We are past the middle of July now, and everyone is well into the routine of intensive data collection. The American undergraduates are working on some interesting personal projects, reminding me of just how painstaking ecology can be.
There is Anna, for example, who is comparing the rates of pollination between plant species in and out of the open-top chambers. She has to collect flowers that have senesced but still have a green stigma, and carefully dab the top of the stigma onto a little spot of melted fuchsin jelly upon a microscope slide – this transfers any pollen stuck to the surface of the stigma into the slide for future counting (to be done back in Philly). It is quite comical to see Anna at work in the office ger, like an alchemist, melting a blob of vivid pink jelly over the flickering light of a big black candle.
Q, meanwhile, is collecting quite a number of seeds from all of the plant species that we find in our experimental plots. This is so that various seed “traits” can be measured to help us answer questions regarding the factors structuring the vegetation communities in the steppe. This requires him to monitor the populations of each species on the upper and lower slopes in order to collect the seeds at the optimum moment – when they are ripened but not yet dehisced (that is, fallen off, or dispersed from the parent plant). Right now, Q is resident seeds expert, and can tell you the exact state of seed development for about forty or so species.
Yet another painstaking undergrad is Audrey who is investigating the grasshopper communities and the effects of their herbivory on the plant communities. During the first stage of her project – getting to know the grasshoppers – the entomologist in her has come to the fore, and she looks a natural with her capturing net, jars of ether soaked cotton wool, and insect pinning equipment.
I will leave it at that for the moment regarding the undergrad projects and you will have to wait for another day to hear the details about the work of Michael, Patrick, and Rachel.
Some further updates from the field though, to acquaint you with the current surroundings of the Dalbay Valley… Maybe it was the fact we spent three days away and hence saw a difference when we got back, or maybe the plants had just reached a critical stress level through lack of water, but things had really changed when we returned from Naadam. On the Saturday, all the plants looked bright and healthy. The following Wednesday, however, many of the large Aster alpinus flowers had wilted before opening, new flowers on the spikes of Veronica incana had not opened while the lower flowers had withered away, Potentilla acaulis leaves had curled up in the open-top chambers and started to turn brown; Carex leaves had turned flame orange at their tips. Two thunderstorms the past two evenings have not seemed to ameliorate the situation for the plants – this is what living in a semi-arid grassland is like!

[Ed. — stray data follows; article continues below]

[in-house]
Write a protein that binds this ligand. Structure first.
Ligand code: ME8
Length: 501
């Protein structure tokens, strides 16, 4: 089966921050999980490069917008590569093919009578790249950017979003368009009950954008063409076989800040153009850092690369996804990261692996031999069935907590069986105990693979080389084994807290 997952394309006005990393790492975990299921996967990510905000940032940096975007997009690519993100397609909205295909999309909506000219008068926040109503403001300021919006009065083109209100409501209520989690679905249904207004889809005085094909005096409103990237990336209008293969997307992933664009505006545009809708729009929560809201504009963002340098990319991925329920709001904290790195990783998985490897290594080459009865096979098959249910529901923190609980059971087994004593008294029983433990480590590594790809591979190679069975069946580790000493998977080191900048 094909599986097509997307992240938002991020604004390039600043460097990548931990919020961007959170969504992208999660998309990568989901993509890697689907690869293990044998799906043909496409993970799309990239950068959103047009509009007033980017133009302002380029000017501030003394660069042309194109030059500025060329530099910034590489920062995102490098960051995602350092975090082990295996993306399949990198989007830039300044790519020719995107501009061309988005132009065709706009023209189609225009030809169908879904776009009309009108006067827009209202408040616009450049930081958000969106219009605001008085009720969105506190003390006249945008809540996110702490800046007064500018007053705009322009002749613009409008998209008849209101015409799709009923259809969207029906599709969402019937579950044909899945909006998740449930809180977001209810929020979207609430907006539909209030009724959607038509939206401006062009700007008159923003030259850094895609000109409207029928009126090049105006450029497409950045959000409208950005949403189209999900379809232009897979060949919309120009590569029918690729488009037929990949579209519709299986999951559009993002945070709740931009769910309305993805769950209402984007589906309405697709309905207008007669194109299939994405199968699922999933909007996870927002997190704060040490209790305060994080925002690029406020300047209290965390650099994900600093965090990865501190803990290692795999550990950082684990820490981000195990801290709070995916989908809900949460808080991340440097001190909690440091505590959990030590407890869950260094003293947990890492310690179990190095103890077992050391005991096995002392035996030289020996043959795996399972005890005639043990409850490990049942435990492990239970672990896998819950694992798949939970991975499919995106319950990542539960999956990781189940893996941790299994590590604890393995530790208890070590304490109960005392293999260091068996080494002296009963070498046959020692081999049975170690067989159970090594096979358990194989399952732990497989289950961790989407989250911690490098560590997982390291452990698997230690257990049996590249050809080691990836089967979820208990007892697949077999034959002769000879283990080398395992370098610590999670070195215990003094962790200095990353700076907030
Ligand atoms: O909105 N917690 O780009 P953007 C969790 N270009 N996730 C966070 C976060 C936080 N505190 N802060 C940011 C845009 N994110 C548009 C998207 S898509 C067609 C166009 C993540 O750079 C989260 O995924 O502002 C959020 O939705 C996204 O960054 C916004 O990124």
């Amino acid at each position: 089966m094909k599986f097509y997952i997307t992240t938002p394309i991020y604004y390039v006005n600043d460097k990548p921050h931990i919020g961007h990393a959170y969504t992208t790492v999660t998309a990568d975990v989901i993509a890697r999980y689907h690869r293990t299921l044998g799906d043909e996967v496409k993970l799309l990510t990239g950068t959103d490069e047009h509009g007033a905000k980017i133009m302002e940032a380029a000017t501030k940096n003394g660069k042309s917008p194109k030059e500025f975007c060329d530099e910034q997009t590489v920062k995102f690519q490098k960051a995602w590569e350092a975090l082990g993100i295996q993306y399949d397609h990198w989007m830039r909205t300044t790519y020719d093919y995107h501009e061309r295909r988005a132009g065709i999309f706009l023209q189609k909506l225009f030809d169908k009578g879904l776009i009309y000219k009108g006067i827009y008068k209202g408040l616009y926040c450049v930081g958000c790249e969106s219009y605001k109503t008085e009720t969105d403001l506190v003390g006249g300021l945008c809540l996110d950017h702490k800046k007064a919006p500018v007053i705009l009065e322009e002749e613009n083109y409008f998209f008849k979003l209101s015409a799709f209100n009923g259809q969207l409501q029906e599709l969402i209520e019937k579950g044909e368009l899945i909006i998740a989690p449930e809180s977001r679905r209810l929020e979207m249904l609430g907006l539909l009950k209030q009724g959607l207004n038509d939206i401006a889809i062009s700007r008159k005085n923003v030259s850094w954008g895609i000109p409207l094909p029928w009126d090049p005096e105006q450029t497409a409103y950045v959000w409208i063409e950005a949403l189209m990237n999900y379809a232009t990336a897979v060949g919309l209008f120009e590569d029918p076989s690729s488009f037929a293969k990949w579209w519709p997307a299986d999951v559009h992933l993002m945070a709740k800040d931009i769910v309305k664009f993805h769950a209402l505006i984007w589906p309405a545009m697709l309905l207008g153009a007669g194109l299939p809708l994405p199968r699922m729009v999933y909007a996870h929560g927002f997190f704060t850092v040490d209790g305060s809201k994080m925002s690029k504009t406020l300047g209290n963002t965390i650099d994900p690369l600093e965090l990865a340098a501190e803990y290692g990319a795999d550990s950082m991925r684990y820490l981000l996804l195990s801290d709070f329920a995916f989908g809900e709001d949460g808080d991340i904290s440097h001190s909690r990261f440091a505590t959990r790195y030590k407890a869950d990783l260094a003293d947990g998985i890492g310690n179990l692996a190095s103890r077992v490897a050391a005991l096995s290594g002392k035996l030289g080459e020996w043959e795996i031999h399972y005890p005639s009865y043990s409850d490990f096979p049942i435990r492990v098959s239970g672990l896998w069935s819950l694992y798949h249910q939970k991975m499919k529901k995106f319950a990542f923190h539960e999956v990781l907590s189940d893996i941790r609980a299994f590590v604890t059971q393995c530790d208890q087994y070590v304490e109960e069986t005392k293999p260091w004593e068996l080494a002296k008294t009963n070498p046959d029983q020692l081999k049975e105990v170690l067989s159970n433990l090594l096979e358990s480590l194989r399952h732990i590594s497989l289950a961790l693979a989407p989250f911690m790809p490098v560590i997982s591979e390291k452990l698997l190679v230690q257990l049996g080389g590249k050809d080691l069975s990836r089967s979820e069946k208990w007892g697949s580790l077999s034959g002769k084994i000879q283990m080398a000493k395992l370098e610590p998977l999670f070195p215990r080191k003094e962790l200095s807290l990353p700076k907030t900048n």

Talking of the thunderstorms, last night we had a spectacular gust of wind! We watched the electric storm approach us from a long way off –
in the mountains beyond the lake. The thunder came in long deep rolls and the lightening was a good as the best fireworks display – a wonderful rosy pink colour. Then the wind and rain started at camp. As it was evening, most of us were relaxing in one or other of the gers –
myself in bed, reading the last chapter of the Dicken’s novel that has been my companion for the past 2 months. One or two teasing gusts of wind rattled the ger a little, making us look around at each other with a little bit of excitement. Then, of a sudden, a huge gust blew and the ger seemed fit to fall over – it seemed to slant against the pressure and our belongings (hung up over the wooden spokes of the ger roof, or slatted into the lattice wall) rained down on us, I was buried in my bed by photographs, a lucky horseshoe, notepaper, jumpers, socks, and other garments. This gust is worth noting though, as Clyde (Goulden) reports that one observation made by many of the herder families he is interviewing in the area is that there are many more strong winds occurring in recent years than formerly. And apparently this trend might be becoming apparent in the regional meteorological data, as there are more days of the year with wind speeds reaching over 20 mph.
Enough for now, we may report of future storms though, as thunder rolls again as I type…